Meningitis outbreak: UC Santa Barbara lacrosse player’s feet amputated


The family of a UC Santa Barbara lacrosse player whose feet had to be amputated after he came down with meningitis last month says that they have been overwhelmed by the public’s support.

Aaron Loy is one of four student meningitis cases confirmed on campus last month. Two other men and one woman have since returned to class or are recovering. Loy’s infection, however, has been marked by bouts of kidney failure, blood poisoning, tissue wounds, and, eventually, amputation.

His parents, Mike and Kristen, track their son’s daily progress on the Caring Bridge website. Both thanked Loy’s friends, who rushed their son to the emergency room after noticing signs of the disease earlier in November.


“With his intubation tube out, his speech, strength and awareness improve incrementally each day,” Loy’s family wrote in a Tuesday post. “These ‘baby steps’ are actually ‘HUGE STEPS’ recognizing the severity of where he was.”

The president of UC Santa Barbara’s men’s lacrosse team referred inquiries on Loy’s condition to the university’s director of media relations, George Foulsham. Foulsham declined to comment on any of the four infected students due to medical privacy concerns.

Students at the campus have been urged to avoid social gatherings, while sororities and fraternities were advised against holding parties and other events to avoid transmission of the meningococcal disease, a bacterial infection that causes inflammation of the membranes surrounding the brain and spinal cord. It can cause long-term damage and death.

A top federal health expert called simultaneous outbreaks at UC Santa Barbara and Princeton University, which is battling an outbreak of a similar bacteria contracted by eight students since March, as “pretty unusual.”

UC Santa Barbara students have also started to become more anxious.

“The paranoia is absolutely terrible,” Olivia Ravasio, a 20-year-old senior, said in an email. “Wake up and your neck hurts. On any other day, you think nothing of it, but now it’s like, ‘Should I go to the hospital? Why does my head hurt? Better safe than sorry?’ ”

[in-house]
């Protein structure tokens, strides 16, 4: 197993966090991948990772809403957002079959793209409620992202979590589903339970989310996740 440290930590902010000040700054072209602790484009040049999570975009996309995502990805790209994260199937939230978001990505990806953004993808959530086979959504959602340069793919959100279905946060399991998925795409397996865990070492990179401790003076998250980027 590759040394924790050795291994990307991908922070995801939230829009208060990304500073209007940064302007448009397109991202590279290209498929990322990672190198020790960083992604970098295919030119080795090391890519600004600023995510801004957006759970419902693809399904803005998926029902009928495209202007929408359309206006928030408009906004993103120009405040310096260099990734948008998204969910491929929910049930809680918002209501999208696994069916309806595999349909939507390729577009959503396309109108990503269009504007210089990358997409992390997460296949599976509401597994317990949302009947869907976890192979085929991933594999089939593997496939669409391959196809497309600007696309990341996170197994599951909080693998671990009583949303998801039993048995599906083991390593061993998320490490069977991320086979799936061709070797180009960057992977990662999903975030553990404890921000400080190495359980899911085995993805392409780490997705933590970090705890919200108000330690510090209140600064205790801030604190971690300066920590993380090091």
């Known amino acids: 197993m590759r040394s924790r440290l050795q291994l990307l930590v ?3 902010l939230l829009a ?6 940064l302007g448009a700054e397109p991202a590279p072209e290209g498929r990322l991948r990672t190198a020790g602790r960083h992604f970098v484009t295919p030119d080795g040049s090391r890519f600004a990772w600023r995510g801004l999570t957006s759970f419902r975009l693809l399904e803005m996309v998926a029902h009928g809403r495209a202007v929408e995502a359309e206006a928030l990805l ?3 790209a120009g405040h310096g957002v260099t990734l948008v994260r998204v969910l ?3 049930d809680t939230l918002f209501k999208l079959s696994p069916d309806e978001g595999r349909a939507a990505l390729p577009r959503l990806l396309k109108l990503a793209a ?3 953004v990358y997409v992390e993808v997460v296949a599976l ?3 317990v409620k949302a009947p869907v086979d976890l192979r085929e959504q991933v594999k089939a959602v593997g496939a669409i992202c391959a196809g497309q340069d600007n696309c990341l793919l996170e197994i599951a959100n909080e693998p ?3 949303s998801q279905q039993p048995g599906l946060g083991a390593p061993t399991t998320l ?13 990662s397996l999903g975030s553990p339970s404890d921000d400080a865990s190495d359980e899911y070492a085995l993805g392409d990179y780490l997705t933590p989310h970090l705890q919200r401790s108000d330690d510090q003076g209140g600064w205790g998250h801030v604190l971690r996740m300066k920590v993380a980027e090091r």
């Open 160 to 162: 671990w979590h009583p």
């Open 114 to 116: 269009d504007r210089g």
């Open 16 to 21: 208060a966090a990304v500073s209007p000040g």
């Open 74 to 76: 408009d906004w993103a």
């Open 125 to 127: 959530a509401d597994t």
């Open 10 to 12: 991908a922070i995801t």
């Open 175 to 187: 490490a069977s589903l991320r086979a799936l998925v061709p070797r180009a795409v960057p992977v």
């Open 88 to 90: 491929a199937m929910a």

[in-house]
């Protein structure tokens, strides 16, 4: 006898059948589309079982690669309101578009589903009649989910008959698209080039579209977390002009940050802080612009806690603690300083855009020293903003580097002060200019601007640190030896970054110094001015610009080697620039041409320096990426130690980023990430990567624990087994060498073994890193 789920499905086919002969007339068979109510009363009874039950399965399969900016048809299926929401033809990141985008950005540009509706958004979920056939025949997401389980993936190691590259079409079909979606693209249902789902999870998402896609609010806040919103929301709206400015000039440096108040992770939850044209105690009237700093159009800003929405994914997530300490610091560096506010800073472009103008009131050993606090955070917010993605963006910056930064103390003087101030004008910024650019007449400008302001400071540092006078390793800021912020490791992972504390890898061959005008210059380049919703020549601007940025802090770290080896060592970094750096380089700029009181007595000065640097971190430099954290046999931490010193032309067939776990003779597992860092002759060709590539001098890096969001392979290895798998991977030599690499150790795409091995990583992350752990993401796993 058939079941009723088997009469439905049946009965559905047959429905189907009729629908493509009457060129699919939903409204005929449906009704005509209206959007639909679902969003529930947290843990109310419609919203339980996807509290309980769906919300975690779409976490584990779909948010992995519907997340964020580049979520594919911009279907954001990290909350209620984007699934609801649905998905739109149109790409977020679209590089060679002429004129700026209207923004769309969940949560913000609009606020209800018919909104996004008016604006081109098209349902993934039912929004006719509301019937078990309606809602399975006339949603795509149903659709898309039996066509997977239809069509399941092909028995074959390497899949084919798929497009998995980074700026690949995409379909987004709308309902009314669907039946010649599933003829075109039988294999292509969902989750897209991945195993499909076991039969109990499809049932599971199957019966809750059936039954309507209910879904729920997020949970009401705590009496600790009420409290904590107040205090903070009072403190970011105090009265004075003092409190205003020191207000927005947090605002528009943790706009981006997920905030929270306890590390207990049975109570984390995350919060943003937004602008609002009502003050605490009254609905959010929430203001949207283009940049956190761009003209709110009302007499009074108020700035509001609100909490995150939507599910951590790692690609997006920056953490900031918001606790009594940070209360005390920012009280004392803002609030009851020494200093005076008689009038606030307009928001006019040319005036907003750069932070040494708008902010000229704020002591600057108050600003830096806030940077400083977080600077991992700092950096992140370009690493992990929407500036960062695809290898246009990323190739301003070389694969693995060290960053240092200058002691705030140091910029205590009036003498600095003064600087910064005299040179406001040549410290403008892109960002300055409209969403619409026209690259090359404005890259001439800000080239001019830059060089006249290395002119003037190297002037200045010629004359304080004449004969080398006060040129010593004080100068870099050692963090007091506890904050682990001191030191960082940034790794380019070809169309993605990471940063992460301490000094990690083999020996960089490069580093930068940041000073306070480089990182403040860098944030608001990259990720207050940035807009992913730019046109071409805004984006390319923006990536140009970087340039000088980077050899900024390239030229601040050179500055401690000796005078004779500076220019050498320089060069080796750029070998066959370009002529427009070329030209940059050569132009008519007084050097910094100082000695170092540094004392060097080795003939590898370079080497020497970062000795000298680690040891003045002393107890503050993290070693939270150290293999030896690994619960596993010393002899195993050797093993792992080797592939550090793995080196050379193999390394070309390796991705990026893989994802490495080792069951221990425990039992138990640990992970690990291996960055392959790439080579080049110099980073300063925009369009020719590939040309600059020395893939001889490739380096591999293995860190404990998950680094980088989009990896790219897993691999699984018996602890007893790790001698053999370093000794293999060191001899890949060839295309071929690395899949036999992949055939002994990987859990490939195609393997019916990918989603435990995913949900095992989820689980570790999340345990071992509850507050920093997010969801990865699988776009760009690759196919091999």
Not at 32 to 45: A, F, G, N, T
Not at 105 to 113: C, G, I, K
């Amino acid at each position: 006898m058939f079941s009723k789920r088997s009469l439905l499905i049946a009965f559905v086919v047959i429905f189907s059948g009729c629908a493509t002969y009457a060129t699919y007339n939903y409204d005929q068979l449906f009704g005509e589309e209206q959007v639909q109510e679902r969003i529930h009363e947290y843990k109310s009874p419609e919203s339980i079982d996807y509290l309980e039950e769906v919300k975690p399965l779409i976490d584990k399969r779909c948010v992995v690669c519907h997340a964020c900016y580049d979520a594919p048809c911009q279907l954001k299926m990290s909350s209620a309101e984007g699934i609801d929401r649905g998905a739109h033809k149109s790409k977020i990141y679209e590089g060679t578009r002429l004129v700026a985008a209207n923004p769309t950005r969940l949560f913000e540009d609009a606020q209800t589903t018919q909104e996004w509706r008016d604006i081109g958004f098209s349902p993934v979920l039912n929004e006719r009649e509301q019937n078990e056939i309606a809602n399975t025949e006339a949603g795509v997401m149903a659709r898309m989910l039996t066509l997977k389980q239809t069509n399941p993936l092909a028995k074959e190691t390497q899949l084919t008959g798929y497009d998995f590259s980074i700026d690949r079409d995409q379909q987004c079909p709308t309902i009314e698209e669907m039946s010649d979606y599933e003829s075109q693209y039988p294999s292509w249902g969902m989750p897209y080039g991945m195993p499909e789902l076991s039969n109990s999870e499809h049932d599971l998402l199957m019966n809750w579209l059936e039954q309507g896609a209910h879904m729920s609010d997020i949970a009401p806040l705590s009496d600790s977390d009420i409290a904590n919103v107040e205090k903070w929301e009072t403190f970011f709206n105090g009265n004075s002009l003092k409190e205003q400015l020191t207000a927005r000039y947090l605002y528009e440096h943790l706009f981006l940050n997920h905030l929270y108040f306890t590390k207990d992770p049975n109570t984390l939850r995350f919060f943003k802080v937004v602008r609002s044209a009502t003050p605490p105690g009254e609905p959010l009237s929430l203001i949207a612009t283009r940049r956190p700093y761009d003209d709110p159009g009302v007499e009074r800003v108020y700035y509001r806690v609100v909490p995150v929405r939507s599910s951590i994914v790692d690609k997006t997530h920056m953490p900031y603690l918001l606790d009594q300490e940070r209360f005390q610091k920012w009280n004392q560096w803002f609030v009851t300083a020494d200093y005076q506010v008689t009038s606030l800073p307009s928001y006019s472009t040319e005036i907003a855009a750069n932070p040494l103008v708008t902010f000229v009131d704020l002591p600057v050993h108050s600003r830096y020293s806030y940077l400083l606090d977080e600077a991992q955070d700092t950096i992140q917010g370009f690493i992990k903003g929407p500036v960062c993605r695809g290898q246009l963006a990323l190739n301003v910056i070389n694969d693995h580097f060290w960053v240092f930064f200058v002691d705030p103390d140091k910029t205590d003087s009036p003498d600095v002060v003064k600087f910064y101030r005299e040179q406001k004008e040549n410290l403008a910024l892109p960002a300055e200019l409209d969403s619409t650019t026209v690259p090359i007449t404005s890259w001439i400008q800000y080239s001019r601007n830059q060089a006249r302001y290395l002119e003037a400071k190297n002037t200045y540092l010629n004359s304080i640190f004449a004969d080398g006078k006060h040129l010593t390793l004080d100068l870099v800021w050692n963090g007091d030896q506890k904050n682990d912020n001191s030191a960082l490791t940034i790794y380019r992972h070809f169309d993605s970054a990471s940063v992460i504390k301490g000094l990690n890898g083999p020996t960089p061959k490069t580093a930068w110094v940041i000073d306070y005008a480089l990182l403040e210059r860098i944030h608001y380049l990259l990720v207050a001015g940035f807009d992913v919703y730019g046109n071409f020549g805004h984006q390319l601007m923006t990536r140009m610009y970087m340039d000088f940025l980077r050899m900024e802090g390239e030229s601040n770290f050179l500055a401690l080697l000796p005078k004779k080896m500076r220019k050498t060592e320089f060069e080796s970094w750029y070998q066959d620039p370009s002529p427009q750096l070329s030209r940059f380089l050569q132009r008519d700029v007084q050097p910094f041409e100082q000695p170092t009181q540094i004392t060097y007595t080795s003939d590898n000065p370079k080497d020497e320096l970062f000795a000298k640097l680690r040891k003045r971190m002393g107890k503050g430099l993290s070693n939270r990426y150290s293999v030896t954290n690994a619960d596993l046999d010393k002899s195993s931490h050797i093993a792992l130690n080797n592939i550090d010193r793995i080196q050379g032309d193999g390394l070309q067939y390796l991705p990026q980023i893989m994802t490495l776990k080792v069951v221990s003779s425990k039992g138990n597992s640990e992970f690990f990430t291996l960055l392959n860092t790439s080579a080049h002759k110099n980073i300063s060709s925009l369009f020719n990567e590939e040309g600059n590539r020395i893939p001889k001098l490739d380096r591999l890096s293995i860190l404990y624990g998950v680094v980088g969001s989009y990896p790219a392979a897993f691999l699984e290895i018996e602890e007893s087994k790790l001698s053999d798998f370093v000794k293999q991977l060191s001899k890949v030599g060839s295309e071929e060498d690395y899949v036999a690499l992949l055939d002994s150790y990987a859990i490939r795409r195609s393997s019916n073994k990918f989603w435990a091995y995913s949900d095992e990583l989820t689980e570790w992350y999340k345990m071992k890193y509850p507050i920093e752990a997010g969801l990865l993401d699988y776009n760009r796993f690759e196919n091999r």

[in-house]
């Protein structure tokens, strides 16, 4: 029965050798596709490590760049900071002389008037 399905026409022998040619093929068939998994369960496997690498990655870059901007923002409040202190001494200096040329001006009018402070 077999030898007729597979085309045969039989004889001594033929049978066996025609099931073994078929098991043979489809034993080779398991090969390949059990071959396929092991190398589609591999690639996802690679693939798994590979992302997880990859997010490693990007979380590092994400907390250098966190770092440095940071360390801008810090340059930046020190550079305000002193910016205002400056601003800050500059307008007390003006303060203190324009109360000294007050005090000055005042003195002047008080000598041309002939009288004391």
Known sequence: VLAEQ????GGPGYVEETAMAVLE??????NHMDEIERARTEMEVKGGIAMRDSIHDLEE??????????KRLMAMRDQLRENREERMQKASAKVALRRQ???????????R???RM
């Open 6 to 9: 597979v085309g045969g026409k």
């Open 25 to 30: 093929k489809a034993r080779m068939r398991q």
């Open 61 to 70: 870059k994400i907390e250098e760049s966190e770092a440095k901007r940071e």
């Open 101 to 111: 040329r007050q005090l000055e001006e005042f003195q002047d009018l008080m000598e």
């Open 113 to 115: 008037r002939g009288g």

The damage the disease has wrought on a talented lacrosse player has no doubt fueled those fears. Jesse Foss, Loy’s former high school lacrosse coach in Encinitas, said Loy played for the varsity team for three years, earning the All CIF Player recognition twice.

La Costa Canyon High School soccer and lacrosse players hosted a carwash for Loy last weekend, raising more than $8,000, garnering support from high school alumni, Foss said.

“He’s an incredible kid, always has a smile on his face,” Foss said. “There’s a lot of people who care about him.”

Clad in a white shirt with a lacrosse stick in hand, the Cardiff Kook statue on San Diego’s coastline displays a sign for passersby: “Support Aaron Loy.”

Hundreds of comments also filled the Loy’s Caring Bridge page as donations for his medical bills continue to trickle in.

Help Hope Live and Pacific Premier Bank have established funds in Loy’s name. Contributions will finance medical costs, specialized equipment needs and future athletic prosthetics not covered by his insurance, according to his Caring Bridge page.

Loy’s recovery may have put a temporary halt to the UC Santa Barbara freshman’s menu of Habit burgers and Freebird burritos while he relies primarily on a feeding tube at UC San Diego Medical Center. But according to his family, it’s all about the smaller things.

“He relishes his daily Jamba Juice… those simple pleasures in life!” his family wrote in a post this week.


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